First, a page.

I saw mobiletechreview as well… which was weird…

        You mentioned in the conclusion there is no GSYNC option offered but in the intro said you were reviewing the GSYNC model. I know they offer it as an option here in the US… Which panel did you test? If you used the 60hz panel non-GSYNC were you then able to push it any faster than 60hz?

        • you’re right, I made a mistake there. My model doesn’t have GSync, but they do offer it.
          I didn’t try to overdrive the panel, but it probably wouldn’t go a lot more than 60HZ..

    • Lirkun

      Have read a lot of forums about this model and high temps is a common problem. Looks like they will not fix it. Dell try to ensure users that 95 C is max acceptable temp for 6700 according to the documentation. It can be true, but overall, I think more than a half of this AW15 and 17 have awful thermals. Some people have shut downs during gameplay because of temperature. With 6820 situation is even worth … Also i can’t get what for there are 4 HHD slots and as a result heavy and bulky laptop overall. GS63VR with same specs almost 2 times lighter and much smaller and have better or same thermals (yes build quality is not so good, but I’m not going to use it as a hammer). I was going to buy it, but after closer look i regret my decision. Now watching at gs63/73 or razer blade, but all of them have a lot of other problems. IMHO all these machines are pretty expensive, but non of them is good for the value, that’s weird.

      • Thanks for the info!

        1. I don’t think the bulk is a result of having 3xM.2 slots (which are really small)
        2. No for Razer Blade, it’s mostly marketing
        3. Why the GS? are you looking for something slim in particular?
        4. There are GTX 1060 laptops for $900-$1100 now..

        • Singh KP

          900-1100$ GTX 1060 laptops?!? I’ve not seen any; which ones are that cheap?

          • http://amzn.to/2fFEWKR was $900 few days ago
            Also, cyberpowerpc has 5% off for laptops above $999, and they have one for $1000 I think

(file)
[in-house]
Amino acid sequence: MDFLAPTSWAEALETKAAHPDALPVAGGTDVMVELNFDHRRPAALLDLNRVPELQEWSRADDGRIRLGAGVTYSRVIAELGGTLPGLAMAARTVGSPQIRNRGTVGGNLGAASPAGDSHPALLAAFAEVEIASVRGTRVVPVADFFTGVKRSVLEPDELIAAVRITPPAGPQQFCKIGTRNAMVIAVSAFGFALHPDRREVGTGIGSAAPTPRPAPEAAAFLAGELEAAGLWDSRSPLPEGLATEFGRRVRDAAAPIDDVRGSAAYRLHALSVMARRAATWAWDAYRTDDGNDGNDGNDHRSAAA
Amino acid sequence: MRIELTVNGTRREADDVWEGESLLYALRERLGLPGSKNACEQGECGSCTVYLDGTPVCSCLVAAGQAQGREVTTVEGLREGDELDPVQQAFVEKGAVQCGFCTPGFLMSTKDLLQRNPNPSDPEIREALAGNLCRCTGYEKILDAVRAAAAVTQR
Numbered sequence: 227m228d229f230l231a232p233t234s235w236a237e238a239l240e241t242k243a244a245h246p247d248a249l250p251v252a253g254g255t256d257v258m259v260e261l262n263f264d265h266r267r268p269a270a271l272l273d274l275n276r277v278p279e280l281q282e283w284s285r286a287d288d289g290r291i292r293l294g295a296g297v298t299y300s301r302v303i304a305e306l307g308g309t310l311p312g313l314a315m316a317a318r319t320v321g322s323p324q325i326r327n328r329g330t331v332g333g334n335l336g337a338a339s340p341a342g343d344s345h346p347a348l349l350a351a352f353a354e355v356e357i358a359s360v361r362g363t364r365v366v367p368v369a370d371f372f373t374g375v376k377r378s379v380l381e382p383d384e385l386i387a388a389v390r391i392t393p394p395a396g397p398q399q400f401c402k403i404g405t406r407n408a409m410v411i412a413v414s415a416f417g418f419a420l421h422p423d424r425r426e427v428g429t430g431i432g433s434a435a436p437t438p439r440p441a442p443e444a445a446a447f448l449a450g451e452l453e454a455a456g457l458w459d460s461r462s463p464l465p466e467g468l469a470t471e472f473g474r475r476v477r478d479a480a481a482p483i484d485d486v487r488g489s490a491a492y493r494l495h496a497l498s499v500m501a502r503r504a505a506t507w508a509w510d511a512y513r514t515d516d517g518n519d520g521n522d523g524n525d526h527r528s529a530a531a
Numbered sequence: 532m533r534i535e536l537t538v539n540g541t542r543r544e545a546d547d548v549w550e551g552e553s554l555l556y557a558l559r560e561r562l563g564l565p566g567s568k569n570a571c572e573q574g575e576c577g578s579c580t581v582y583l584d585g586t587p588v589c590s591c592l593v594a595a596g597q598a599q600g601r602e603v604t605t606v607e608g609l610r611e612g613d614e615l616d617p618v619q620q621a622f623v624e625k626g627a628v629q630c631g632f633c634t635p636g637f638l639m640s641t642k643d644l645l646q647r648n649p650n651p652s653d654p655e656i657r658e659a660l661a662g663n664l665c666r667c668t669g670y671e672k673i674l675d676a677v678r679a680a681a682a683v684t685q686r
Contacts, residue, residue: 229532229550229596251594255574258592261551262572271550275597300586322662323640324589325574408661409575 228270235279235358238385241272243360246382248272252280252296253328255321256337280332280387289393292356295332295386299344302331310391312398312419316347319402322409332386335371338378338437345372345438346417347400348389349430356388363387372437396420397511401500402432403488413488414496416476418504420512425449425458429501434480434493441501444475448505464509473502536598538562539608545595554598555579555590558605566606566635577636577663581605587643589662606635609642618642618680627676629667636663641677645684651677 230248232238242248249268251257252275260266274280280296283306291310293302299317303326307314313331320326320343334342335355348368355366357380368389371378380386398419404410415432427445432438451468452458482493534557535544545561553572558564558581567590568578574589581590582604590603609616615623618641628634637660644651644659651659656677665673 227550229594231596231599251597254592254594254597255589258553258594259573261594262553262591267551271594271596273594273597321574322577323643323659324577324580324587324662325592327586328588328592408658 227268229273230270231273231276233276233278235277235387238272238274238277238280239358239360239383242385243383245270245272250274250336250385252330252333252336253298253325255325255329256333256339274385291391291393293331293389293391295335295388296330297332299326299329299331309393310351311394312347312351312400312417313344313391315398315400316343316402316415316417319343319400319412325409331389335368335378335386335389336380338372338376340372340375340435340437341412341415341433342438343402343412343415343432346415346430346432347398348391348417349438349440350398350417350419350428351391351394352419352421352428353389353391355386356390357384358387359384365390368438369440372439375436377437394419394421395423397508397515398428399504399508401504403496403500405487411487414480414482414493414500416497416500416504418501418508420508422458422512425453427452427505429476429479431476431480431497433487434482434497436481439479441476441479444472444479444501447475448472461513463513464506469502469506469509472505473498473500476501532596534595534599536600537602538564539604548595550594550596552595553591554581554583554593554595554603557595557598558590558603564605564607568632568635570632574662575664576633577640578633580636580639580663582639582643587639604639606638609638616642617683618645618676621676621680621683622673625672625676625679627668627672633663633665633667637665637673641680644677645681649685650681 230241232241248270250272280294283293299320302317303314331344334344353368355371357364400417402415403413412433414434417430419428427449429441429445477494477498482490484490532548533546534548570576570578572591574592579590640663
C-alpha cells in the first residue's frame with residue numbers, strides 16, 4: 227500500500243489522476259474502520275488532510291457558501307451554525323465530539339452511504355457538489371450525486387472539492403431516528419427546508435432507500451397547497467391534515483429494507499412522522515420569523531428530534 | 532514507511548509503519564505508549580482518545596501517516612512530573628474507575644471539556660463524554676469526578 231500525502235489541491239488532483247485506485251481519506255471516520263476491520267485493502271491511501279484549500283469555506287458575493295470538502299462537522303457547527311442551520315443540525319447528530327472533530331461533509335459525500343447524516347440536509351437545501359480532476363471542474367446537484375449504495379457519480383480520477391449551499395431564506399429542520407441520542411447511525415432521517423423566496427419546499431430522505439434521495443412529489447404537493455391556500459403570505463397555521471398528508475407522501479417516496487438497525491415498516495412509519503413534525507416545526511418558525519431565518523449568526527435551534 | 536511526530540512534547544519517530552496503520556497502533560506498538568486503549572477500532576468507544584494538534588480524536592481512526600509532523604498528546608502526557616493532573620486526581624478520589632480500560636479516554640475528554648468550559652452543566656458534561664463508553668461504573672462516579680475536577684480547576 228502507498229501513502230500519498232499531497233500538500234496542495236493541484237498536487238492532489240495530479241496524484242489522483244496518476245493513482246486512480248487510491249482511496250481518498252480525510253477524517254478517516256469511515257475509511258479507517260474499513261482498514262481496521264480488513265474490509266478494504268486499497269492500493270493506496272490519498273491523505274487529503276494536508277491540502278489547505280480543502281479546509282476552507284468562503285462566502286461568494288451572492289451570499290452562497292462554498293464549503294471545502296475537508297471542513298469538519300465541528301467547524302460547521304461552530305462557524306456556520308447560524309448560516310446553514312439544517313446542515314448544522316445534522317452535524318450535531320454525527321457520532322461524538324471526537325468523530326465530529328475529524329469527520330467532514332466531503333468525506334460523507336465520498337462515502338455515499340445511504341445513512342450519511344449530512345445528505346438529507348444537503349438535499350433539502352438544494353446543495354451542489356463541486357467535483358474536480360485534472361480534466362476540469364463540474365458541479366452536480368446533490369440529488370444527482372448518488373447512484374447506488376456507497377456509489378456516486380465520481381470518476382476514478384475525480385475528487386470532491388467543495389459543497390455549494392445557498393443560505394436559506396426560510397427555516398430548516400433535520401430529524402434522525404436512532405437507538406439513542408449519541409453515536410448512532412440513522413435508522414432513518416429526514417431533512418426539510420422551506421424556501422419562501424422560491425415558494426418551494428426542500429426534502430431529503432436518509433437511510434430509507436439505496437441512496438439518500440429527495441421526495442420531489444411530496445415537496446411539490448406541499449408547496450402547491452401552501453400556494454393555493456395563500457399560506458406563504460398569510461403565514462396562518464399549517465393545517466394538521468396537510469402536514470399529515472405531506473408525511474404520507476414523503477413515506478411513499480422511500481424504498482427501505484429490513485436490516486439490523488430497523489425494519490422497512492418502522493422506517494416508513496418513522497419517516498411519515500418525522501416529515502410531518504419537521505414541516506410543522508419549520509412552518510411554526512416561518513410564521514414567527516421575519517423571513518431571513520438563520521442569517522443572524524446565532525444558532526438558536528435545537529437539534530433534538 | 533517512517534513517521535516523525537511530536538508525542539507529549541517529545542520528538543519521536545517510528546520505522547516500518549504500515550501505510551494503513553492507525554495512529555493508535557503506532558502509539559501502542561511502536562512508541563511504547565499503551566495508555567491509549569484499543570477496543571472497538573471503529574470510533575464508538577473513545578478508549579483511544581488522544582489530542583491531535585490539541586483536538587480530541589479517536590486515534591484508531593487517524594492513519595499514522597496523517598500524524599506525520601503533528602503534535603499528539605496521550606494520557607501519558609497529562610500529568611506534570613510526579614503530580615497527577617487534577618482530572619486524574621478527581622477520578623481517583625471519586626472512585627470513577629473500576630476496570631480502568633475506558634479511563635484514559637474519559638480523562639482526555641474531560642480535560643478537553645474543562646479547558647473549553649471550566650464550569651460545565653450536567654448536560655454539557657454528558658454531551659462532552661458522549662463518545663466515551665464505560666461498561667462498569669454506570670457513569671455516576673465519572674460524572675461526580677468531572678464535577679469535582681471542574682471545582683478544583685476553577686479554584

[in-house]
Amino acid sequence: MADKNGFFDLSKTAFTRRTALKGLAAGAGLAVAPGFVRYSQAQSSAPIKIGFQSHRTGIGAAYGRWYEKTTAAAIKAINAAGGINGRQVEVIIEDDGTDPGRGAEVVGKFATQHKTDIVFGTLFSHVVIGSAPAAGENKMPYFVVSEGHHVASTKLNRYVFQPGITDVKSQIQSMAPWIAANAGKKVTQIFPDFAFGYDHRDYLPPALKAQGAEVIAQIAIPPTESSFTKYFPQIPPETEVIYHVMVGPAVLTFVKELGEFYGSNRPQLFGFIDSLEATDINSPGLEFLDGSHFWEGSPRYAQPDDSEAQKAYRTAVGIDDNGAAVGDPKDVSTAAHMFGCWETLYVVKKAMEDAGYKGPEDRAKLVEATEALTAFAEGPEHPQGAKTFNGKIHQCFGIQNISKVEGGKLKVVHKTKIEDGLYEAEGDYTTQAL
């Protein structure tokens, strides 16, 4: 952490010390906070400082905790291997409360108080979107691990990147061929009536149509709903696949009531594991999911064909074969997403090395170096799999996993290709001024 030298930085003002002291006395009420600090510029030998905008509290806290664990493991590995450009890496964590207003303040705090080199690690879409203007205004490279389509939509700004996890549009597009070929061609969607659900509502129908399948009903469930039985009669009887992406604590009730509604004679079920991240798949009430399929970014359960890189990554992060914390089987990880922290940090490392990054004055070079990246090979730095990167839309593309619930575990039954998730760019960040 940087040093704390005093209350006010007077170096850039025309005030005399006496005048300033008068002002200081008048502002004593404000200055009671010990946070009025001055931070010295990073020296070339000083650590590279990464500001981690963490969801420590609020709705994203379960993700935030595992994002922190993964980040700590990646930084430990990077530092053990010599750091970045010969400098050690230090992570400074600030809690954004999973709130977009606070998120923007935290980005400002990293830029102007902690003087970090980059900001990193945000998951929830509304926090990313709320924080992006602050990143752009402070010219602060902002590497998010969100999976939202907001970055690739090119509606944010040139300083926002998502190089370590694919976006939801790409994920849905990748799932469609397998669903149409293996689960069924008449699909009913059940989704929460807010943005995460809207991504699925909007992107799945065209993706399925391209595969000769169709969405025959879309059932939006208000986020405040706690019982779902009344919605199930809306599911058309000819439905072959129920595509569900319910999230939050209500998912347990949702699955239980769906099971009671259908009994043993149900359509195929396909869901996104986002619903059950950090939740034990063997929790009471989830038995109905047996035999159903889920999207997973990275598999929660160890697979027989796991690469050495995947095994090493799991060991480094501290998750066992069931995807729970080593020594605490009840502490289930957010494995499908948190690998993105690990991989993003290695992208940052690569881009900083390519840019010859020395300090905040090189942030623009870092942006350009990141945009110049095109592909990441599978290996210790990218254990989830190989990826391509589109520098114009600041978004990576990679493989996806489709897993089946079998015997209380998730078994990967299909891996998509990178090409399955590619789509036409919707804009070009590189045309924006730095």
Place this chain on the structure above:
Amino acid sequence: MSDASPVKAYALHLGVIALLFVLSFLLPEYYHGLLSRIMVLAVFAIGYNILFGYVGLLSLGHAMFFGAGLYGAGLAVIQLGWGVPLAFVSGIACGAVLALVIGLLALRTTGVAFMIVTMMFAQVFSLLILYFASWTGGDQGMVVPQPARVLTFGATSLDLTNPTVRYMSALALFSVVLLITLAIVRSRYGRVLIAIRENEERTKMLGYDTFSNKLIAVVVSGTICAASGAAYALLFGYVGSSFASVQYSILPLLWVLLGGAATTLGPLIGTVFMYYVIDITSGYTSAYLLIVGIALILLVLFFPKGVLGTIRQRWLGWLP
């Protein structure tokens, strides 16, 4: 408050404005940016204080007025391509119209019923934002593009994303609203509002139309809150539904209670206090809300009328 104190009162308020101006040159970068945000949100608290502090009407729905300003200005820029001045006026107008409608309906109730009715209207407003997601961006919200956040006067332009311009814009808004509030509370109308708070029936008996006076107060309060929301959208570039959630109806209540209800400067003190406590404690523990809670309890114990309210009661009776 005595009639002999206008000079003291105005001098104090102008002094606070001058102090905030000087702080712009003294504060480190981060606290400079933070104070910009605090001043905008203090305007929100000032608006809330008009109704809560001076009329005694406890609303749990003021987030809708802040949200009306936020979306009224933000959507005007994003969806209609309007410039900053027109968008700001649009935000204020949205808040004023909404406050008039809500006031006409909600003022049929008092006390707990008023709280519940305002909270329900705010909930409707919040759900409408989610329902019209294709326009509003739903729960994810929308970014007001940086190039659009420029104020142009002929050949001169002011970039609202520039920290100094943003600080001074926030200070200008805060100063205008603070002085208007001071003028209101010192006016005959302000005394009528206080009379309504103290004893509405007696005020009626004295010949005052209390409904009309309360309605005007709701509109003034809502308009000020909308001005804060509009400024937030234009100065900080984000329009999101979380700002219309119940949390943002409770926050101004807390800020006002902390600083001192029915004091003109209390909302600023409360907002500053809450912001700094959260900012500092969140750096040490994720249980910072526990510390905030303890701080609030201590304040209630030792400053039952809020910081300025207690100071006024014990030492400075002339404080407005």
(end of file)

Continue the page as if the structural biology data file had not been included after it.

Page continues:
• Lirkun

          Just searching smth with good case quality and not too bulky + TB3 is a must. I had asus g750, so I don’t want such a big laptop again and case build was not good enough. Like the Aorus, but no TB3 for such a price… If i got it right, with Kabu Lake most of laptops will get TB3 by default, so I decided to wait next gen to have better verity of choice.

      • Neil England

        I’m a big fan of Razer too but “value” is certainly not the reason. The only consistent problem on the Blade 14 I’ve read was a performance issue on the 1060 which was painfully obvious on the Firestrike benchmark. They posted a BIOS update last week and people in the forums seem to be seeing an improvement and are quieting down a bit.

        I think we’re all agreed the thermals on the Alienware 15 R3 should be much better than something thin like a Blade 14 or a GS63VR and there are plenty of reviews and forum posts with high temperatures and low temperatures to make it a confusing choice. That said, Dell is usually known for solid support. I’d be surprised if they weren’t swapping hotter systems out just to keep their customers happy.

        • but that’s reallllly strange..
          I think this kind of issues are apparent more when the marketing is based on powerful branding and (shhhh lies), like in the case of Alienware, Razer, MSI, Gigabyte and Asus.

          • Neil England

            Maybe. For the bigger manufacturers I think it’s right to have higher expectations on quality control and a product with little compromise. For the boutique companies like Razer I appreciate how a product’s feel and unique features might overcome some more glaring issues like an undersized PSU or a buggy BIOS at launch. I can’t believe how stupid that sounded as I typed it…

            • I understand you, but frankly, I’m sick of how this kind of business works. I want a company that work with the people. minimal marketing – no need to our tens of millions on crap and brochures with big monsters that show how your products is “strong”. Constant communications with the people who are using, and be transparent with us, like Fairphone who say we get 25% over the production costs.
              And, I want the companies to have fair use on their mind, not because it is good for business, but because it is a principle

              Talking about sounding stupid – I’m running a consumer blog while “opposing” to the system, only by typing..

              • Neil England

                Thanks for the blog. Because of it I bought an Asus N56DP some years ago and I’m still pretty happy with the purchase. This site has been a good resource.

                • Thanks!
                  the nice replies of people is what keeping me going really..